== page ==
I saw a lot of fat robins pulling worms out of the ground. Squirrels and chipmunks playing. And I noticed that the grass is turning green...

Me and my shadow! I look so tall...

Even though the path is mostly flat, there are some really steep hills. One of them almost took my breath away as I chugged up to the top. The reward is that on the way back, I'm able to fly down. When I'm on my bike, it's almost scary! At the bottom of the hill is a bridge across the creek. I stopped to take a picture and was interrupted by a man walking with his toddler and dog. I asked him to take this picture. He seemed to think it was weird, even though I explained to him that I needed it for my running blog. Must not be a runner...


Another pond, just around the bend...3 weeks ago I was here was on my bike and the pond was completely frozen over.


I saw a lot of these guys! I expect to see ducklings in a few weeks.

Outta my way!

And finally, the true sign that spring is officially here--the portapotties are back! And bigger than ever...

And I didn't even have to use it!



Today's stats:
10.43 miles
1:30:14
8:39 mins/mile
Definitely started off slow, but love those negative splits on the back half!




Has spring sprung where you are? What signs of spring put a smile on your face? How do you celebrate your first official spring run of the season?

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I'm linking up with Tara at RunningNReading for her Weekend Update! Be sure to check out her blog and all the other blogs too!













Sunday, March 29, 2015

The 5 R's of vacation

Seen on the run...this sign was at the entrance to someone's driveway!
Being the goal oriented person that I am, I approached this vacation no differently than I do anything else in my life. I've made no secret of the struggles my family has endured the past couple of months, and I wanted more than anything to make this vacation a great trip for all of us. This was the first time that I was nervous about a family vacation. I had high hopes that all this family time would help us reconnect. There were 4 other things I wanted to accomplish with this time away: rest, relaxation, recharging, and of course, running. While initially we were all really tense, as a few days passed, it looked that the goals would be met. The trip ended on a really, really pleasant tone, and I think as family vacations go, this one was a success.

Stay with me here.  I know what you're thinking. "Oh geez, here goes Wendy sharing her vacation photos with us". This post isn't really a recap of my vacation. Because who wants to read about that, right? Being a running blogger and all, I wanted to share how it is possible and actually beneficial to stay active on a vacation even when you are away with your family. The benefits aren't just physical. The old saying, "the family that plays together, stays together" became an internal mantra for me this week. Staying active can be a challenge for some of us whose spouses are more--umm--sedentary. But find something that everyone likes to do and you can make it work.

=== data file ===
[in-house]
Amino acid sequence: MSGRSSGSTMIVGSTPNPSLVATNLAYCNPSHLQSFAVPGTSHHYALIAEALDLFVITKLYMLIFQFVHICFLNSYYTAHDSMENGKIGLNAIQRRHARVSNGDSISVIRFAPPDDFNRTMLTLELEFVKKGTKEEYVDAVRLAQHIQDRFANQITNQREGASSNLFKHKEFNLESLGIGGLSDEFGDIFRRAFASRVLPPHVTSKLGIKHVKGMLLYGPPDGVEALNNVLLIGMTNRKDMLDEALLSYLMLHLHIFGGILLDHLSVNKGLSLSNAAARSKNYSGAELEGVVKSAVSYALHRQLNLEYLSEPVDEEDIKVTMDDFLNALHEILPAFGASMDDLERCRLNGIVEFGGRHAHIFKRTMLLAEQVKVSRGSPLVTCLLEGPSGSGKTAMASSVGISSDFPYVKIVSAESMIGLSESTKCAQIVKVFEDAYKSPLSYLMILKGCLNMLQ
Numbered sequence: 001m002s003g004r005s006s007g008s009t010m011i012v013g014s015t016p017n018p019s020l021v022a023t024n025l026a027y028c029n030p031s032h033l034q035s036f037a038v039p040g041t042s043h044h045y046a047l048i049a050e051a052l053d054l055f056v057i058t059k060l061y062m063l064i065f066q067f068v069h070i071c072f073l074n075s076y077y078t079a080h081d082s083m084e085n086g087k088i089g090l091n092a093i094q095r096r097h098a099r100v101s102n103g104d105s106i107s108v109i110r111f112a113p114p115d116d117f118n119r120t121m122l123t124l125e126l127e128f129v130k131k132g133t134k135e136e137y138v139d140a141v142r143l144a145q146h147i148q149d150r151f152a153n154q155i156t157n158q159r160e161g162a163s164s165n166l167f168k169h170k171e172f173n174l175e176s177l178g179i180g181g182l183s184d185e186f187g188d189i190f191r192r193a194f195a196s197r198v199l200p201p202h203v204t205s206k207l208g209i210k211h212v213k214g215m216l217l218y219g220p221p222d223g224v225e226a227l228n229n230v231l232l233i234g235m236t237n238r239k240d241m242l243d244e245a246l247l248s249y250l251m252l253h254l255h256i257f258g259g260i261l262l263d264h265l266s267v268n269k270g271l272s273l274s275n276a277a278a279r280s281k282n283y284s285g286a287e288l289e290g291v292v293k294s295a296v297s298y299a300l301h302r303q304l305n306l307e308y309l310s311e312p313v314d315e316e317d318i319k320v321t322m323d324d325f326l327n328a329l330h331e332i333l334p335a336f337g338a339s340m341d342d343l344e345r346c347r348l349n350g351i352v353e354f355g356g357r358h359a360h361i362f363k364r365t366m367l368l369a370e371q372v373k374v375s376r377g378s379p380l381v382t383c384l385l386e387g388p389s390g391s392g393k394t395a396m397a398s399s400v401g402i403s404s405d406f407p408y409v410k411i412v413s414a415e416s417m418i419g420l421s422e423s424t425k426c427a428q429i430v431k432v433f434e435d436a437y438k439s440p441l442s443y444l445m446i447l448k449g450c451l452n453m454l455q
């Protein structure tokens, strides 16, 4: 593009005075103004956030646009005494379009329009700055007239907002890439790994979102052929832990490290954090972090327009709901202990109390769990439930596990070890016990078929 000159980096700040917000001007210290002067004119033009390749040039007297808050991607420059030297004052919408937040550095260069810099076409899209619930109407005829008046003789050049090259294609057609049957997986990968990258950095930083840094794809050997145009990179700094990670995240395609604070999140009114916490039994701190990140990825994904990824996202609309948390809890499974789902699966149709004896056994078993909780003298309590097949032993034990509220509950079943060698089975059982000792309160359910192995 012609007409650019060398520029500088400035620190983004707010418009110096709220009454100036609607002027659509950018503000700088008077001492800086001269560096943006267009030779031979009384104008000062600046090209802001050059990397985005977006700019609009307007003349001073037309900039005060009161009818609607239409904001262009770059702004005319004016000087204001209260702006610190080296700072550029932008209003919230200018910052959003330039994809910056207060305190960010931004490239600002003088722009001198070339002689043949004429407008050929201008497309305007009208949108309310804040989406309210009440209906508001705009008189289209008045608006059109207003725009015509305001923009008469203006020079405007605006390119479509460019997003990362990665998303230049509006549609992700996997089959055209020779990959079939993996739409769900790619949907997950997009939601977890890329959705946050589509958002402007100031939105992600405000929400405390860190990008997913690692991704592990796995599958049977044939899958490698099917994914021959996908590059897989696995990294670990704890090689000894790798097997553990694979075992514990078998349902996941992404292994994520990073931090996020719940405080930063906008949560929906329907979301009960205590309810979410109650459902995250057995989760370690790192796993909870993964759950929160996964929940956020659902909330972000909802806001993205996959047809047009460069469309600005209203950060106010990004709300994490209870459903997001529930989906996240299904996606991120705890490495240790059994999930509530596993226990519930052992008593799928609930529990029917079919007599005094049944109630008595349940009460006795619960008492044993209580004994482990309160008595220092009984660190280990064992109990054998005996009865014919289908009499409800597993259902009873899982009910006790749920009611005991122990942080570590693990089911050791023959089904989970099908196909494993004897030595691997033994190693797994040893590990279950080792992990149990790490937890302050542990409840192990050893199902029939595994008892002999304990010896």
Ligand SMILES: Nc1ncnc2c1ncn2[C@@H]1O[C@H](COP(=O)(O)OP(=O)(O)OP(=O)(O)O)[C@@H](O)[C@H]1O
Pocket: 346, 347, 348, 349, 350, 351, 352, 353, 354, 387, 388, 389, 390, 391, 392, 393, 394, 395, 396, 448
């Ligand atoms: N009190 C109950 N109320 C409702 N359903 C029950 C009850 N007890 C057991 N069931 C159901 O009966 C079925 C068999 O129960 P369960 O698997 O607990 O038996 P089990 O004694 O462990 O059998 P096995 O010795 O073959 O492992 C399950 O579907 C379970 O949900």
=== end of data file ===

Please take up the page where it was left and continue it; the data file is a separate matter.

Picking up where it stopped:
Ok...one sunset photo
Rest: We didn't make many plans for this week. Time passed by the pool, catching some rays. My oldest son and my husband spent time fishing off the pier behind the house. Early to bed, early to rise. Walks to the beach, a short 2 blocks away, at sunset to watch Mother Nature perform her nightly ritual. When the boys were little, they used to complain: "not another sunset!" Now they know it's just something we do. And on the way home, there's an awesome ice cream shop. We stopped there twice. One night I had a scoop a couple scoops of salted caramel ice cream with hot fudge on top. When I ordered it, the guy behind the counter said, "oh yeah....!" Yep, those were my words too.

Relaxation: That goes without saying... the setting of an island vacation just begs relaxation.  My oldest son really gave me a tough time the first couple of days we were here. I guess I was being punished for making him go on vacation. He was sarcastic and indifferent, no matter what I said. As the week wore on, he began to thaw. After getting bit by the kayak bug last summer, I rented 2 kayaks for 3 of the days we stayed here. The house we stayed at is on a canal, and I thought it might be fun to explore the canals. It turned out to be the best thing I could have done. Not only did kayaking keep us active, it was a great way to spend time with my family. Between the fishing and the kayaking, my son started to relax, exchanging the attitude for laughter at my dad's bad jokes, and finally going shell seeking with me the last couple of days we were there. I also kayaked with my mom and my husband. We explored the canals and took the kayaks out to the intercoastal waterway. I wasn't brave enough to head out to Tampa Bay, but maybe next year?

Getting him to smile for a picture would have been pushing it....